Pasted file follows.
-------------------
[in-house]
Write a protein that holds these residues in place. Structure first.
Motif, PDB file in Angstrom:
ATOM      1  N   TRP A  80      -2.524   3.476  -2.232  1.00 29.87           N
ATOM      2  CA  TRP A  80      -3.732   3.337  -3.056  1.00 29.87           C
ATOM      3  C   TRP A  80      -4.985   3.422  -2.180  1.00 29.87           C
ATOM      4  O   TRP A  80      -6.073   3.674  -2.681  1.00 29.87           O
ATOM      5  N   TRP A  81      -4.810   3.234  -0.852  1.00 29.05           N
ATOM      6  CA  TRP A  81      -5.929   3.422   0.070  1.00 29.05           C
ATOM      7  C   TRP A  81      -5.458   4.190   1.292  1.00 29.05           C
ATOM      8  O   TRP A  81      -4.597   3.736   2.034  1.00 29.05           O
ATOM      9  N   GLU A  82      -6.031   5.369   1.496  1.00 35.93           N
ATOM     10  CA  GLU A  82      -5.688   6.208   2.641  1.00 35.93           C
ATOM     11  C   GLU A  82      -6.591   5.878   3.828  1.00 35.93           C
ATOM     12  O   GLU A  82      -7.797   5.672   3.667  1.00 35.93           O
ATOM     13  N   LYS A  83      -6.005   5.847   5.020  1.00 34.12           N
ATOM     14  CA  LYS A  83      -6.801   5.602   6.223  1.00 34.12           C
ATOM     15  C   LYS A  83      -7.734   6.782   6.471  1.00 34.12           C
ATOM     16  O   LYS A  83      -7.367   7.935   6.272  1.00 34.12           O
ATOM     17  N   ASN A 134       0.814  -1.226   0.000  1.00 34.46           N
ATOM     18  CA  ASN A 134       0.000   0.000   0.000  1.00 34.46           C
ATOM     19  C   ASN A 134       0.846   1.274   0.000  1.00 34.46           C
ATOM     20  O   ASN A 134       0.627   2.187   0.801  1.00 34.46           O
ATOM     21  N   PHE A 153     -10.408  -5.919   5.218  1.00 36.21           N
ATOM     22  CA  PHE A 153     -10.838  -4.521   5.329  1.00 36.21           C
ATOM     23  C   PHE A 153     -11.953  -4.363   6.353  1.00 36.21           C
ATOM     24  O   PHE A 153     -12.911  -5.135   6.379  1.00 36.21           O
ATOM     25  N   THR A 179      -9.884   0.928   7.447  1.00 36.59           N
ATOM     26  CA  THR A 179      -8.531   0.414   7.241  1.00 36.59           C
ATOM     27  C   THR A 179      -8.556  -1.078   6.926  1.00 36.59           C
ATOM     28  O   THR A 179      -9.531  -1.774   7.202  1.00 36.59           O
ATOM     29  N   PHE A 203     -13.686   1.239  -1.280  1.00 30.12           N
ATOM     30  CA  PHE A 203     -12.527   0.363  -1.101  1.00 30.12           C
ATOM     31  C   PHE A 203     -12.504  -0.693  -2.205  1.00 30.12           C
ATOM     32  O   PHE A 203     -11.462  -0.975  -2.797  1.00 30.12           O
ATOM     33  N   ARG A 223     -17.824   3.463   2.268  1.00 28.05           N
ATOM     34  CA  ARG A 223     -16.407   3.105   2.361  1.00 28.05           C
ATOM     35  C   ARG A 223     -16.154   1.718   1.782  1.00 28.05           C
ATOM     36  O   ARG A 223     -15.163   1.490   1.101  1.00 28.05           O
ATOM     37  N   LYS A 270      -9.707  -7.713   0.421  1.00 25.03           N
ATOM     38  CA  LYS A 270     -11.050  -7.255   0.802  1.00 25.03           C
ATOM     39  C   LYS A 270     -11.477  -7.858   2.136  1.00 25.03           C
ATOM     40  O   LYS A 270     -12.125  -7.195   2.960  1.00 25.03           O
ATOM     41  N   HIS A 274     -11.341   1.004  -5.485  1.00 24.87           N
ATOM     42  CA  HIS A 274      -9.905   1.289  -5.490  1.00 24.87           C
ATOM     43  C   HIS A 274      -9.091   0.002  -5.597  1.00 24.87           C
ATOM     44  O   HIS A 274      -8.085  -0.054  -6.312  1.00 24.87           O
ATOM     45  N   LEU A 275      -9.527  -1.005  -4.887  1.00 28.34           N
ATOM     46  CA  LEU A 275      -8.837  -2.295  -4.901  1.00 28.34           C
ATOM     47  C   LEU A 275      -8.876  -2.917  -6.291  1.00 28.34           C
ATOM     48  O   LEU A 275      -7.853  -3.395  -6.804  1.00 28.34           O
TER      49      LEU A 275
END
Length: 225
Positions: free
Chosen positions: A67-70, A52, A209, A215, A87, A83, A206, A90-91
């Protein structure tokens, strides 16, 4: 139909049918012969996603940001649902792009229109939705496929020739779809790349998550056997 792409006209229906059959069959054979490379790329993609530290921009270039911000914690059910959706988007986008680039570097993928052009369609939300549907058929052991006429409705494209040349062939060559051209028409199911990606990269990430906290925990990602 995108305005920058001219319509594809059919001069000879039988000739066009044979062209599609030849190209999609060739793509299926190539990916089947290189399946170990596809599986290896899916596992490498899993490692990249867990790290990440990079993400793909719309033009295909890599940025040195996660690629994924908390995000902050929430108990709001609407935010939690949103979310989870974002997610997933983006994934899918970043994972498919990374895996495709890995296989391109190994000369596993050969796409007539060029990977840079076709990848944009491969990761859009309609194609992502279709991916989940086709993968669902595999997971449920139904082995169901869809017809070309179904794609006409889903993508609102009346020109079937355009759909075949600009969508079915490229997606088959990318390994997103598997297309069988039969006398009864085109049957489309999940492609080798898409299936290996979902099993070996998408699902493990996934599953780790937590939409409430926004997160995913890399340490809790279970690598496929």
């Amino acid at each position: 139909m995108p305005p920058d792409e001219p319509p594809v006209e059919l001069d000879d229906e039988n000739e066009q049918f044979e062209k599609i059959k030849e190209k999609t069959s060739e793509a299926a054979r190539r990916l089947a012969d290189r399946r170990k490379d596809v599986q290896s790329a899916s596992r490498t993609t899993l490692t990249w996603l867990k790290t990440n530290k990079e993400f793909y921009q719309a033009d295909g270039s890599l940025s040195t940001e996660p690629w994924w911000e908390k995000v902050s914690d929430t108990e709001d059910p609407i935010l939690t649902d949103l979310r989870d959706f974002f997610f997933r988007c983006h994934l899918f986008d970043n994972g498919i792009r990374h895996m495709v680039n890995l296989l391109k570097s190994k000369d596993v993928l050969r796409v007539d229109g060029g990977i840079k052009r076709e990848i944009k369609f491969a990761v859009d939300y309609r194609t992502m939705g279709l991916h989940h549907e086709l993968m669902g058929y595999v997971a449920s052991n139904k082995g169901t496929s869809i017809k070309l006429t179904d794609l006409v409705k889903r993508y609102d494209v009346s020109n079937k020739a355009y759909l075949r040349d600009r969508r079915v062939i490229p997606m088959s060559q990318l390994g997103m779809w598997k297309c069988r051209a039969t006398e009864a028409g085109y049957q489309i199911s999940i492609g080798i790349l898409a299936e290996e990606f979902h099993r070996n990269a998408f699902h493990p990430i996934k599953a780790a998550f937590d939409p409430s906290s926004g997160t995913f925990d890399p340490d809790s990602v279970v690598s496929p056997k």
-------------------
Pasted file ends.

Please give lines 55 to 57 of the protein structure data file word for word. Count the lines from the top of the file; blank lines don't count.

Positions: free
Chosen positions: A67-70, A52, A209, A215, A87, A83, A206, A90-91
């Protein structure tokens, strides 16, 4: 139909049918012969996603940001649902792009229109939705496929020739779809790349998550056997 792409006209229906059959069959054979490379790329993609530290921009270039911000914690059910959706988007986008680039570097993928052009369609939300549907058929052991006429409705494209040349062939060559051209028409199911990606990269990430906290925990990602 995108305005920058001219319509594809059919001069000879039988000739066009044979062209599609030849190209999609060739793509299926190539990916089947290189399946170990596809599986290896899916596992490498899993490692990249867990790290990440990079993400793909719309033009295909890599940025040195996660690629994924908390995000902050929430108990709001609407935010939690949103979310989870974002997610997933983006994934899918970043994972498919990374895996495709890995296989391109190994000369596993050969796409007539060029990977840079076709990848944009491969990761859009309609194609992502279709991916989940086709993968669902595999997971449920139904082995169901869809017809070309179904794609006409889903993508609102009346020109079937355009759909075949600009969508079915490229997606088959990318390994997103598997297309069988039969006398009864085109049957489309999940492609080798898409299936290996979902099993070996998408699902493990996934599953780790937590939409409430926004997160995913890399340490809790279970690598496929």